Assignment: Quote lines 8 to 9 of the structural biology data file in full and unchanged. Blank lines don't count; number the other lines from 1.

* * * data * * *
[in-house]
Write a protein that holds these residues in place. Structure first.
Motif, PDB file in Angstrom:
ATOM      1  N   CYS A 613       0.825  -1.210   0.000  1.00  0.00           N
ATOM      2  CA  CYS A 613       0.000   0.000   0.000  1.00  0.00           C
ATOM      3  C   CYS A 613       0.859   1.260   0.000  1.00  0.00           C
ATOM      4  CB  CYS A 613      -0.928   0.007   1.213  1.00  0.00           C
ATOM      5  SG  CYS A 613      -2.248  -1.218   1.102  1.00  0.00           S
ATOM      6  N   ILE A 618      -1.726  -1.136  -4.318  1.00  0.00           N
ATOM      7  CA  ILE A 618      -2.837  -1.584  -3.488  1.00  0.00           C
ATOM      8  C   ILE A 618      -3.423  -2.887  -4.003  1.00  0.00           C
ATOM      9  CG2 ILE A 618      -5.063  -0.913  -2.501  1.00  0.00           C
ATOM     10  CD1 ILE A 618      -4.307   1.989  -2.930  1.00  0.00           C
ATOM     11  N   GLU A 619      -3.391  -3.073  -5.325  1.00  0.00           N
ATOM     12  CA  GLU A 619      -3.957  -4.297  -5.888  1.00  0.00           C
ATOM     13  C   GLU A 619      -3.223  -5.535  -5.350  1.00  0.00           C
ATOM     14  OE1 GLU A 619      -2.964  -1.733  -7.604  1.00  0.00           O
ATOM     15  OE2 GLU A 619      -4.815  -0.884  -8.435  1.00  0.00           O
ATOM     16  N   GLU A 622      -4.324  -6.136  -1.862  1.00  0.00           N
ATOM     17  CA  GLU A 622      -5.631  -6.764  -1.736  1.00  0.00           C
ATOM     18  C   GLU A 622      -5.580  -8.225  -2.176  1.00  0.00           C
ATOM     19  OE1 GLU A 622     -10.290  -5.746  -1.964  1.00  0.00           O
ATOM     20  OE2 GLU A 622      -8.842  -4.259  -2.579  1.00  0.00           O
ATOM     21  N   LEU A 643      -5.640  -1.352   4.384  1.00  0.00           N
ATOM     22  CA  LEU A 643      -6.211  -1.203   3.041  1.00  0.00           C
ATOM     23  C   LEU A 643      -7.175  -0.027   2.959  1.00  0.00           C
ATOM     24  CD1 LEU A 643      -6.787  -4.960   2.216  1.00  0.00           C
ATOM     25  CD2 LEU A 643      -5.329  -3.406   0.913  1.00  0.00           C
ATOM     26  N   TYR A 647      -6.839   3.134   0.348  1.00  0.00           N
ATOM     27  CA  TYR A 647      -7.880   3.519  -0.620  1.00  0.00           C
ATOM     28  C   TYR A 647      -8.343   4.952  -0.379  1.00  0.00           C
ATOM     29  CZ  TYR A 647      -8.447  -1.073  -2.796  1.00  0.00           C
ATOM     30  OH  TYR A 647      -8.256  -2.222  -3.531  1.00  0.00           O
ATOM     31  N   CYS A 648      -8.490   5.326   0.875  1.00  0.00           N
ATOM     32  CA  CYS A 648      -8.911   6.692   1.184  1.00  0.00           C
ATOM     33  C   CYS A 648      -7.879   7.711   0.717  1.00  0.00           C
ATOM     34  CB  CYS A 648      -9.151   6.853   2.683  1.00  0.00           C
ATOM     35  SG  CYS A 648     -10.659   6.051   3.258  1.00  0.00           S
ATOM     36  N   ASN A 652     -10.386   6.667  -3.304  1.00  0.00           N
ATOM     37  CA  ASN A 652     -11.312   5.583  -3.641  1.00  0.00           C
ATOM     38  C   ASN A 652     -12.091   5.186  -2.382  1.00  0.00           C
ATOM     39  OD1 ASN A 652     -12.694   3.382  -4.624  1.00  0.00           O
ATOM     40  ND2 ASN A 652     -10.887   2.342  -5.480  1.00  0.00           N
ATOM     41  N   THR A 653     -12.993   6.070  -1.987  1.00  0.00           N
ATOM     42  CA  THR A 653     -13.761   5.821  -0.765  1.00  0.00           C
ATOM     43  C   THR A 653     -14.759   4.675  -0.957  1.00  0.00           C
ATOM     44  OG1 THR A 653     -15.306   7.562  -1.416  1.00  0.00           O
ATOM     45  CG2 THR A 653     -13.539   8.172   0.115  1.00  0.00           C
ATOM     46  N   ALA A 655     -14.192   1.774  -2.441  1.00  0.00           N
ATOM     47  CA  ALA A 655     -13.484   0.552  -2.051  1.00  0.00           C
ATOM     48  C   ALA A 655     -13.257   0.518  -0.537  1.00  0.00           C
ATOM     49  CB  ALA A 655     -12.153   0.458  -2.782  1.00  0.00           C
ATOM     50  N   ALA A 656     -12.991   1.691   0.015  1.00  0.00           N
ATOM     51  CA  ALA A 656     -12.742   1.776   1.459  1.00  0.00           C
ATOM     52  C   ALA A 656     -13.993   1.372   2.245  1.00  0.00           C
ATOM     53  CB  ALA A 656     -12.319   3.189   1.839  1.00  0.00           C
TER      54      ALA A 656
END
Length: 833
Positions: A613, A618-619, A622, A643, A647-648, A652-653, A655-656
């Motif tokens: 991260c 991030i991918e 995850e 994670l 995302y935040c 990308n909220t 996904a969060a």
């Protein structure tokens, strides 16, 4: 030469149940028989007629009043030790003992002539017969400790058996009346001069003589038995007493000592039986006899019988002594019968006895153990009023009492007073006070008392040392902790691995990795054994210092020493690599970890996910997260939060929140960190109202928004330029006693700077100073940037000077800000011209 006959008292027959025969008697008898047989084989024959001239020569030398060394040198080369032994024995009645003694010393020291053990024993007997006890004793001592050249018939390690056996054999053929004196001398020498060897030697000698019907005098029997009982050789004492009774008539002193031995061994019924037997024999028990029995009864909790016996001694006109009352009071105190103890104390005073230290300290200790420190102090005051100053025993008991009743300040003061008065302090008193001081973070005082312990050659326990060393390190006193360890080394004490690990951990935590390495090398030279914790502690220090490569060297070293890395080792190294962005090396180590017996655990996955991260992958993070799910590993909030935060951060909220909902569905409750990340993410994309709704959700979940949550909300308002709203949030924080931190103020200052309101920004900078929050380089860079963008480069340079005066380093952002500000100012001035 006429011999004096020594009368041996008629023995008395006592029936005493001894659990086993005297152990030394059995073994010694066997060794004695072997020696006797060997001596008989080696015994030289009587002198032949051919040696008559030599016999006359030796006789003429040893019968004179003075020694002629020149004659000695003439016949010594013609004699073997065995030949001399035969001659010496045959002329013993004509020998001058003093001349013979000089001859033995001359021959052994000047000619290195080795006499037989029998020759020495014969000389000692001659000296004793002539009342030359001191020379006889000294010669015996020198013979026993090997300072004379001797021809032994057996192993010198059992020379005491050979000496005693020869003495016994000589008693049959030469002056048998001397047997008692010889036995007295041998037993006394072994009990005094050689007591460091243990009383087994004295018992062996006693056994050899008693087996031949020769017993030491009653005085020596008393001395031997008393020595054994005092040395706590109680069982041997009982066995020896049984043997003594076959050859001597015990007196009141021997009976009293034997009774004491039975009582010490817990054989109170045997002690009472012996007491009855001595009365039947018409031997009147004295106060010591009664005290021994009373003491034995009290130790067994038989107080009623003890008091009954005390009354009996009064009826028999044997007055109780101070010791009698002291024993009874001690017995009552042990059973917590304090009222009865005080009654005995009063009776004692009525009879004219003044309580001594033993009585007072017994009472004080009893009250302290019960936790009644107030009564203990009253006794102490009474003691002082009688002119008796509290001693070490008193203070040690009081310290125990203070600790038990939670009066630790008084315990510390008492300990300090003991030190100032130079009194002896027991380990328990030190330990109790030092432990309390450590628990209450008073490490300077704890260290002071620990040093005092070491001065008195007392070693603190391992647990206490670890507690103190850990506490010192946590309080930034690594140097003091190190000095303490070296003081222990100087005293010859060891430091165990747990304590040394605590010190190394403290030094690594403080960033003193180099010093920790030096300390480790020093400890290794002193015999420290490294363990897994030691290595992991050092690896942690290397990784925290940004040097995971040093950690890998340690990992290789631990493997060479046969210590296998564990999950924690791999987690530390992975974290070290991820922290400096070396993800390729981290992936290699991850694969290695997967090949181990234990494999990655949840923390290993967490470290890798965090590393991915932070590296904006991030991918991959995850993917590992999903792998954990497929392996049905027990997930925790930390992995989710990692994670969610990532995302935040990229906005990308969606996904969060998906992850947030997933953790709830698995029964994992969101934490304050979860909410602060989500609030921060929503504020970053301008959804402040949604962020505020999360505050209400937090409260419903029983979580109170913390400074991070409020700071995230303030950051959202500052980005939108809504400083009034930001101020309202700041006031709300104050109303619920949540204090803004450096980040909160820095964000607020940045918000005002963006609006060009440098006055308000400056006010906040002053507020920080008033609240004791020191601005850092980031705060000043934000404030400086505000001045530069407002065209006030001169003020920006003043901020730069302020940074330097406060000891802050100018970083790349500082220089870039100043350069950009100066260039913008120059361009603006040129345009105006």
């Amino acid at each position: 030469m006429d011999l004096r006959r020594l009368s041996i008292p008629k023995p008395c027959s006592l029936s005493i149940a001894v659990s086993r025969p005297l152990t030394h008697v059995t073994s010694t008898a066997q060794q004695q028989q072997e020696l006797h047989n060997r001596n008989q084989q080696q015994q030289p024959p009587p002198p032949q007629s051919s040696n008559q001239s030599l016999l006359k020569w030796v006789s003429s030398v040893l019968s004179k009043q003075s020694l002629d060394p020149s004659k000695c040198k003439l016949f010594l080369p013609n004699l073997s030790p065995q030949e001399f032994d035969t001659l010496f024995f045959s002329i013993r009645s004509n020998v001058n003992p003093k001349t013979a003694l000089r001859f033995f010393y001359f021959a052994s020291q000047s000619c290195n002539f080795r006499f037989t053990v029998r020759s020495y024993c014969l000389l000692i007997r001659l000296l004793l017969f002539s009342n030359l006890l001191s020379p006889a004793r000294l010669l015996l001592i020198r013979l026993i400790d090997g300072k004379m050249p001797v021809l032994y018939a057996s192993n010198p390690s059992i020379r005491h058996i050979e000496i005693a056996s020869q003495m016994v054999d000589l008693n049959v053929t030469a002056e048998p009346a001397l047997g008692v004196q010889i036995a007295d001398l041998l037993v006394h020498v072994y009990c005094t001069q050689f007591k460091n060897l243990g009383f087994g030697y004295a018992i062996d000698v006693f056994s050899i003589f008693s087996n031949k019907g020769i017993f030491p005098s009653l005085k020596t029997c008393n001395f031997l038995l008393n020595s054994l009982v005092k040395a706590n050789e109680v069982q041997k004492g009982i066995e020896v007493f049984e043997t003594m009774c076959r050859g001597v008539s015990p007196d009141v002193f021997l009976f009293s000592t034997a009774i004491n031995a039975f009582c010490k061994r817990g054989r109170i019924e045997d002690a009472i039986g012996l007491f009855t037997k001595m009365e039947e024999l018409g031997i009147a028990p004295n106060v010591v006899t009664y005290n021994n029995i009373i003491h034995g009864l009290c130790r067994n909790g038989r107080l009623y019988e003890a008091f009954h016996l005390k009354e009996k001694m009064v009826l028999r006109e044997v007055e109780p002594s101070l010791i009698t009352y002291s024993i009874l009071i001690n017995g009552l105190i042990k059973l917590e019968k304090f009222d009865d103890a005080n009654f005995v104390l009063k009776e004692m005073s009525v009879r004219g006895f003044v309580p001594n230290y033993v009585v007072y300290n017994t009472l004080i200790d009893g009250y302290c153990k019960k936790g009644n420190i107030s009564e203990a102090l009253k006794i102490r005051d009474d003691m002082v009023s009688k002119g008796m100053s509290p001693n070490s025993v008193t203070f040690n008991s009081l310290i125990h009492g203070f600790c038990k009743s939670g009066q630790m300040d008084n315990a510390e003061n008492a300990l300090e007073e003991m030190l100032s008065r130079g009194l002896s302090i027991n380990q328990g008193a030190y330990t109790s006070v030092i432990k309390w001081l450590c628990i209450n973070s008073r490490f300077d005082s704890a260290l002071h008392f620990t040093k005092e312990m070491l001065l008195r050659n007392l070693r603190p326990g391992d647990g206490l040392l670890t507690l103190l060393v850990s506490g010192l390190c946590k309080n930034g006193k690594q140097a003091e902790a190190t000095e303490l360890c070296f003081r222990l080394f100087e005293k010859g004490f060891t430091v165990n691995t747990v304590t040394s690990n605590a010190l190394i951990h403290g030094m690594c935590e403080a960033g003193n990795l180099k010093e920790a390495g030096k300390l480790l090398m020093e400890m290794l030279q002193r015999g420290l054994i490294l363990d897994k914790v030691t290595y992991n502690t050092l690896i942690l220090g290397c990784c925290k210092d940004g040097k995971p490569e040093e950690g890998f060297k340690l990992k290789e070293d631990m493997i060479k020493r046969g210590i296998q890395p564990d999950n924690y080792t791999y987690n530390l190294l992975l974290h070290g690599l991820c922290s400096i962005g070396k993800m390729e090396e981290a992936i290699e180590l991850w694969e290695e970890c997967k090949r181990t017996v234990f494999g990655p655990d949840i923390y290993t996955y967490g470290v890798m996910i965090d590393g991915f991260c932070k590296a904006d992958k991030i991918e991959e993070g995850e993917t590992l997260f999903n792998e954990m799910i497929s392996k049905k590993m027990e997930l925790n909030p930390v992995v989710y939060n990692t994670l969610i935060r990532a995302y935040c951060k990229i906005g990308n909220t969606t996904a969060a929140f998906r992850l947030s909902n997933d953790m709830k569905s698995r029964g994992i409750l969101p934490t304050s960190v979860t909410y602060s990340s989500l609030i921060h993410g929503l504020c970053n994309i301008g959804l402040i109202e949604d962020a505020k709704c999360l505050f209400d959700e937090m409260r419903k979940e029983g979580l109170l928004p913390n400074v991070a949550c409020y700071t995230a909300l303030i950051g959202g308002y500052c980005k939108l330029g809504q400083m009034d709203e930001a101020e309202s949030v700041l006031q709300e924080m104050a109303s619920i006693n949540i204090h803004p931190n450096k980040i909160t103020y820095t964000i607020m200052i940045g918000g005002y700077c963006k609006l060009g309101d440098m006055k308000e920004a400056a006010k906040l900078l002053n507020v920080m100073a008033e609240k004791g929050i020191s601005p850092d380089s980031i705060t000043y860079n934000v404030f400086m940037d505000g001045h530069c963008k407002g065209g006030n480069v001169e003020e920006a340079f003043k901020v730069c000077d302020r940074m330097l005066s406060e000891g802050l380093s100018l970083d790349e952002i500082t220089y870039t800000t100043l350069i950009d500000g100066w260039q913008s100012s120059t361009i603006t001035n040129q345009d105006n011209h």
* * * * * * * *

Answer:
ATOM      5  SG  CYS A 613      -2.248  -1.218   1.102  1.00  0.00           S
ATOM      6  N   ILE A 618      -1.726  -1.136  -4.318  1.00  0.00           N